UK bizjet flying—tips and challenges
Immigration concerns, carbon offset issues and looming regulatory changes affect ease of ops.
By Grant McLaren
Dassault Falcon 7X on taxi at LCY (London City, England) during landing test in Oct 2008. Wide choices exist in London-area airports but each has its own rules, limitations and idiosyncrasies.
Apart of the world that clearly recognizes the value of corporate jets and business aviation, the UK remains a stable and open operating environment.
While traffic is down from 2007—a record year—movements to, from and within the region remain at healthy levels. The good news, as a result of lower traffic levels, is that slots and parking are more available than ever and quota restrictions at FAB (Farnborough, England) are not the problem they were 2 years ago.
Still, many new and looming regulatory issues are affecting operational flexibility to the UK and these issues will only become more challenging over the next couple of years. One of the biggest issues in the UK today involves immigration procedures and the doing away of preclearance options earlier this year at LCY (London City), LTN (Luton, London) and STN (Stansted, London).
There is no national policy in the UK for clearing immigration/ customs, individual airports are doing things differently and this can be a frustration for operators. And, beginning on Aug 31, 2009, the European Union Emissions Trading Scheme (EUETS) kicks in to track historical and planned future carbon emissions.
All corporate aircraft operators must begin tracking their carbon emissions in preparation for carbon emission trading and tax procedures to be fully implemented in 2012. “The EU is dictating new rules on carbon emission monitoring and trading and this is something operators must begin dealing with in Aug 2009 by establishing and submitting an emissions plan,” says Universal Aviation UK Managing Dir Sean Raftery.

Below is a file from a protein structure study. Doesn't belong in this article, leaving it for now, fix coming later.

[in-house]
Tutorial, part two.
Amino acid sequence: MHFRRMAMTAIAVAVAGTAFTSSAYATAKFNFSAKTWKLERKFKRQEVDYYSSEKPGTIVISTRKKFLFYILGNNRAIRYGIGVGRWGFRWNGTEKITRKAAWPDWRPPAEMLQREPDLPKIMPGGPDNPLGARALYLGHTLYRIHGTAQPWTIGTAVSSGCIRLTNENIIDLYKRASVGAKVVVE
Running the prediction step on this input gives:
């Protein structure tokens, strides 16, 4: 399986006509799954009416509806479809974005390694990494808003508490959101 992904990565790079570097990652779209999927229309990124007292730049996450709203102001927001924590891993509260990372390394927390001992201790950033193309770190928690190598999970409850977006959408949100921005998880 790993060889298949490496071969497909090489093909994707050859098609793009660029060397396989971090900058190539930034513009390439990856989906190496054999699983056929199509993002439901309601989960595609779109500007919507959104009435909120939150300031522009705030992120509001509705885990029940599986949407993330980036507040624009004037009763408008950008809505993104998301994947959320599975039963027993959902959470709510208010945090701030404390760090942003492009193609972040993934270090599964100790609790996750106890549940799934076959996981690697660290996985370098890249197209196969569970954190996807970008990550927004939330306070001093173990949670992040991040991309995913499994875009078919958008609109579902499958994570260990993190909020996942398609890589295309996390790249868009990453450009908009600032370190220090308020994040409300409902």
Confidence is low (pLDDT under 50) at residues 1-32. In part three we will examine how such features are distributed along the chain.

“Operators will need to begin logging and reporting their fuel uplifts to determine how much of a free carbon emission allocation they’ll get. Once this is fully in place by 2012 you may have to purchase carbon offsets at auction if you go over your free allocation.”
Air Routing Mgr Ground Ops, Planning and Development Terry Yeomans, who spends 75% of his time these days dealing with EU-related legislation issues, adds, “The EU emission monitoring scheme (is) a real minefield at the moment.
We’re warning everyone to be very wary of this and not to get caught up in a carbon trading moneymaking exercise promoted by individual companies. Anyone who operates to and from the EU must establish a benchmark for historical emissions and a plan for anticipated future emissions.
If you don’t act by the deadline there’s talk of financial and civil penalties against operators.” Other assorted challenges and idiosyncrasies when operating to the UK include level bust infringements—a particular problem in the LTN area—and noise violations which have attracted financial penalties for operators at FAB.
Be wary also of cabotage restrictions, slot requirements, limited hours of operation at some airfields, particular challenges when operating to joint-use civil/military airfields and new security screening procedures for corporate and private aircraft.
There’s plenty of good news for operators coming to the UK—including no Advance Passenger Information System (APIS) requirements and the welcome implementation of new US preclearance options beginning in July at DUB (Dublin, Ireland) and going into effect in Sep 2010 at SNN (Shannon, Ireland)—but several new regulatory issues are in the works and you’ll have to play by the rules.